Preparing for Remembrance

The last few windfalls are still coming

Helen is still picking runner beans and the brambly apples are continuing to fall, whether the wind blows or not, though they are nearly all down now. I weighed one a couple of days ago and it was 1lb 2oz - which I think is the record for this year. Those high up have a beautiful rosy colour with all the sunshine that we had earlier in the summer. But, the almost daily bucket of windfalls at our gate is about to be fail, as autumn moves on, the harvest is past, and winter beckons.

Just at the moment I am visiting the schools in Swanage with the town mayor, Mike Bonfield. We are talking about the coming period of remembrance, and how Swanage is to both commemorate the ninety-nine men who were killed in the First World War from Swanage, and celebrate the end of the First World War at the same time. It is interesting to experience how the children respond to this. Several boys and girls in each of the primary schools wanted to tell us of their relations who had fought in the world wars, and the schools themselves are opening up the whole subject of remembrance and the wearing of poppies.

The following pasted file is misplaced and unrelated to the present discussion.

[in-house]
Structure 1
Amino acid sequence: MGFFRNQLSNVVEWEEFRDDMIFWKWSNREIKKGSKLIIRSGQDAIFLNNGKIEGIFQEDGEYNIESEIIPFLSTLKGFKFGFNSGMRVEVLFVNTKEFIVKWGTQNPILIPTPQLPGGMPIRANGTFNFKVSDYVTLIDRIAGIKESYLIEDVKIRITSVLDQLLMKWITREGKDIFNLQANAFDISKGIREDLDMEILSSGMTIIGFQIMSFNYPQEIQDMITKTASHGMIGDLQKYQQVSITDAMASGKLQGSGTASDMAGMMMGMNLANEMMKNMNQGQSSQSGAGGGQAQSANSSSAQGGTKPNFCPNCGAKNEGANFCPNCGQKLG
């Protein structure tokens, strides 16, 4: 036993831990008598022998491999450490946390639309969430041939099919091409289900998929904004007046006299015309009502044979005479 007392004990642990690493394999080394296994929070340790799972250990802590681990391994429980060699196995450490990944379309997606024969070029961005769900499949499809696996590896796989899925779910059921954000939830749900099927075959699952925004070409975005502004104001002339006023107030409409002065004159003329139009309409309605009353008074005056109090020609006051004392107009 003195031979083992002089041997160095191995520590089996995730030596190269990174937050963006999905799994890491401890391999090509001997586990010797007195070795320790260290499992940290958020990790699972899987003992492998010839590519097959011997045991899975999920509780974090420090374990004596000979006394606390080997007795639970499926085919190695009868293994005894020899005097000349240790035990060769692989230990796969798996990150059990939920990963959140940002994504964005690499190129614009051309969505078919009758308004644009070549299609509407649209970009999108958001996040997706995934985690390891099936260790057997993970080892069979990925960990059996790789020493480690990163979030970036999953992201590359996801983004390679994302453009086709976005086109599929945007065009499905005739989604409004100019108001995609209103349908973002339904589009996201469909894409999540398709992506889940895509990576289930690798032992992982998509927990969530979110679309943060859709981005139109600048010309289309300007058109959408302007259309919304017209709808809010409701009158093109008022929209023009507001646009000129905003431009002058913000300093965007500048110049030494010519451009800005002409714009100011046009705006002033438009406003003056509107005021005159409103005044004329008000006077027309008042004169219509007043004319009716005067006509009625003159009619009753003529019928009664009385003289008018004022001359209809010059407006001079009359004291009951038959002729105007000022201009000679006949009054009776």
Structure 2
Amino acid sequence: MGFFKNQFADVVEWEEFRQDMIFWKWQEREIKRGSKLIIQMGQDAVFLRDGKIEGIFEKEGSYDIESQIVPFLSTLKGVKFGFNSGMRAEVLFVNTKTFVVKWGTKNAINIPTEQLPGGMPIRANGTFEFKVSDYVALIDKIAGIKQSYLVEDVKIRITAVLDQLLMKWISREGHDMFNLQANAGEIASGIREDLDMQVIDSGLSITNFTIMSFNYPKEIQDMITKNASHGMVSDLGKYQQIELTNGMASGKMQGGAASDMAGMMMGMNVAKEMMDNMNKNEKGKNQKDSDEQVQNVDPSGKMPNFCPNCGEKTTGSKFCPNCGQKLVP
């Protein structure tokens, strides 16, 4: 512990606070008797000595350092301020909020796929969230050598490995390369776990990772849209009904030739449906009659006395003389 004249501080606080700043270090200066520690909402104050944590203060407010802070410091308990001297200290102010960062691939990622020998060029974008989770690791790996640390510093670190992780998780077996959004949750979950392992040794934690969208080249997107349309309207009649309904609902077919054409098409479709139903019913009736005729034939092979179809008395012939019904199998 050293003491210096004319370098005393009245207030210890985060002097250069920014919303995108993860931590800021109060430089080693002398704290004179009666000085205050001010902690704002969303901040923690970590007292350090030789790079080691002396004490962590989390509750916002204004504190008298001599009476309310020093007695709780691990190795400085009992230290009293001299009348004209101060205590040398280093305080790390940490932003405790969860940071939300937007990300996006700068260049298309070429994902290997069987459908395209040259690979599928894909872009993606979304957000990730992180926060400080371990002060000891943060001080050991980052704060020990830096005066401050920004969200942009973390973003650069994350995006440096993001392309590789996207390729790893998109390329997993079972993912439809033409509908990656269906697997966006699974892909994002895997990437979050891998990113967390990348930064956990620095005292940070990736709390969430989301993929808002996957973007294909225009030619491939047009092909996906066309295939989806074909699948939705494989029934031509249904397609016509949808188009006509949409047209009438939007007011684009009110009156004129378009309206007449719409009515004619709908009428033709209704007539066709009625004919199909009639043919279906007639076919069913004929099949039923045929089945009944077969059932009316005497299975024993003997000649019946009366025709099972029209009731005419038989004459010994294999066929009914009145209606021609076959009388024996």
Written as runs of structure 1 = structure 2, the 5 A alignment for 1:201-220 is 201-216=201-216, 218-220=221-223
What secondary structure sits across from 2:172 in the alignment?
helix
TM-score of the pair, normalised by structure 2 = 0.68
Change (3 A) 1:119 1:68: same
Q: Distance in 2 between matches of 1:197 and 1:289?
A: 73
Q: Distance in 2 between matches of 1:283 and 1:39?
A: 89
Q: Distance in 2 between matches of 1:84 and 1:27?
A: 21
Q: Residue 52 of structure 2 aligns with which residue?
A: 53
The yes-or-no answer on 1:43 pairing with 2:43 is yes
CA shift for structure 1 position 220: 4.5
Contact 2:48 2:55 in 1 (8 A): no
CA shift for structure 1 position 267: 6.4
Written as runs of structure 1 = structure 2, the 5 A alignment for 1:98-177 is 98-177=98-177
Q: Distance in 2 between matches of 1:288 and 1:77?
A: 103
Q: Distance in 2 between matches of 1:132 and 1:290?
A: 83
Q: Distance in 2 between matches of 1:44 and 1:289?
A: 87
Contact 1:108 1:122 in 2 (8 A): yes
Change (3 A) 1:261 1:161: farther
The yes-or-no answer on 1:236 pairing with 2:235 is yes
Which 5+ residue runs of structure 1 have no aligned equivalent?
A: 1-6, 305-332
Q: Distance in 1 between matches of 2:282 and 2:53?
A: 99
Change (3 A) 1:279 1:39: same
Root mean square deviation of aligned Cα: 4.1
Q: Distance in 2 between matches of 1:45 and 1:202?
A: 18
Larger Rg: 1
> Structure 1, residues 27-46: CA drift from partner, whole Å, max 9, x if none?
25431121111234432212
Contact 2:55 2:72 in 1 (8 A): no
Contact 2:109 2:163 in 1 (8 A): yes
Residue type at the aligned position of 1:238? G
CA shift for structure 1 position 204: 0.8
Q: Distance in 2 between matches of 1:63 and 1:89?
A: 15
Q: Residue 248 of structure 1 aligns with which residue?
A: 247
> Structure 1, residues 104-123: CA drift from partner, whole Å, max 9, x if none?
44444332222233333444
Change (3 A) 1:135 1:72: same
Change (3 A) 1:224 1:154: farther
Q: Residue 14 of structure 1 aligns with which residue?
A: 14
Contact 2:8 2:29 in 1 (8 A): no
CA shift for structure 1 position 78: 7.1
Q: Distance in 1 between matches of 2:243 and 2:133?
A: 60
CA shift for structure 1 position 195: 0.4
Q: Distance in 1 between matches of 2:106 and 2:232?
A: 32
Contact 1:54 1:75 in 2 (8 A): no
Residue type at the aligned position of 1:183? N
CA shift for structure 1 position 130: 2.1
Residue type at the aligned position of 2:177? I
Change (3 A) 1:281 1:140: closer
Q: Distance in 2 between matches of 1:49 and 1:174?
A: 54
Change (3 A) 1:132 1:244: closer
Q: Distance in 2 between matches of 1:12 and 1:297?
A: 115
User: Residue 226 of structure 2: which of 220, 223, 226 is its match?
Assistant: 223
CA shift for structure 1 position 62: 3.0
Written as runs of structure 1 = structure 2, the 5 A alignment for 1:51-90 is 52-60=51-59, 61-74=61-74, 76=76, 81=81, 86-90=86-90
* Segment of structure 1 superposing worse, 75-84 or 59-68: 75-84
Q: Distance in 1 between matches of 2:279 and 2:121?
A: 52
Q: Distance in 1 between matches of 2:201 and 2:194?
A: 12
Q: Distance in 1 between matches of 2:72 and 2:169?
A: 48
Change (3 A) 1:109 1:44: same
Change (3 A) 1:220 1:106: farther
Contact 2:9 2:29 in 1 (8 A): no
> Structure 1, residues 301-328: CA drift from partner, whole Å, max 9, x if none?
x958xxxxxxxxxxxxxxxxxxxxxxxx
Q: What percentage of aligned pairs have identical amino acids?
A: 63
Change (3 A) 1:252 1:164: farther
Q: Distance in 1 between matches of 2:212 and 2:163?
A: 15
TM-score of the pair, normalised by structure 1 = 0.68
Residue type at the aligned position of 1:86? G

It is, of course, far too complex for young children to fully understand (can any of us really understand?): why countries go to war; why individuals flocked to enlist at the beginning of the First World War; how and why it was fought; and why, within two decades, the world was at war again etc. This all without contemplating the current situation of the world, and the many zones of conflict, the suffering, the attempts of vulnerable civilians to flee in huge numbers for safety in a nearby country, that may, or may not, welcome them.

However, as the plan for the eleven days of remembrance in Swanage unfolds (from a candle-lit vigil at St Mary’s church on Thursday 1st November at 7.45 p.m., with the half-muffled bells tolling at 8.00 p.m., to the final lighting of a beacon above Swanage at 7.00 p.m. on Sunday 11th November) there will be plenty of time to reflect and pray, as the horror of all that war brings upon humanity comes home to us, and as we remember those who gave their lives that others may live.

John Mann